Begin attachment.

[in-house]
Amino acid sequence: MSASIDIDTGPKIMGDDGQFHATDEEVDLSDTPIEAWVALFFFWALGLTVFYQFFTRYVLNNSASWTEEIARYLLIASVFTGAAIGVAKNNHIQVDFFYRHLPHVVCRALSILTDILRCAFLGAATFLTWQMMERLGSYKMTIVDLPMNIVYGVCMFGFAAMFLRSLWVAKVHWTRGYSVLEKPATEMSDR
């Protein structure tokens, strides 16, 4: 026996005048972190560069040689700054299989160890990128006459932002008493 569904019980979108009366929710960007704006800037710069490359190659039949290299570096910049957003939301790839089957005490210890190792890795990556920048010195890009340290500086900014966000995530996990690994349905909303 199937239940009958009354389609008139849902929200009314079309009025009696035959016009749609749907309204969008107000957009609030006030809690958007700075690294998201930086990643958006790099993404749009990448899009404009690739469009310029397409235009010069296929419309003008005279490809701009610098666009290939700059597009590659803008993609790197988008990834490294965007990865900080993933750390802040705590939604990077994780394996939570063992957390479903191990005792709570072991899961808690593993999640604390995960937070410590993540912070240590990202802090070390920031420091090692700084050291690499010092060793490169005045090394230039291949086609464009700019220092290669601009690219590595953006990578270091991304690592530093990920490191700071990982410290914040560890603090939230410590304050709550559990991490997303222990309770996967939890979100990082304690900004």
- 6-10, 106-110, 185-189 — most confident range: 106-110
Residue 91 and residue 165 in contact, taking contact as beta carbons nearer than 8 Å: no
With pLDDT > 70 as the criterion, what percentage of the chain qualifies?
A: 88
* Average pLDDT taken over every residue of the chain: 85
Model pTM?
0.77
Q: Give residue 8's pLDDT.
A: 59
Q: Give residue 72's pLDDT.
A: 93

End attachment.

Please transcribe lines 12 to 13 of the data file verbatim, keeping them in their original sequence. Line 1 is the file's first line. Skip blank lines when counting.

A: 59
Q: Give residue 72's pLDDT.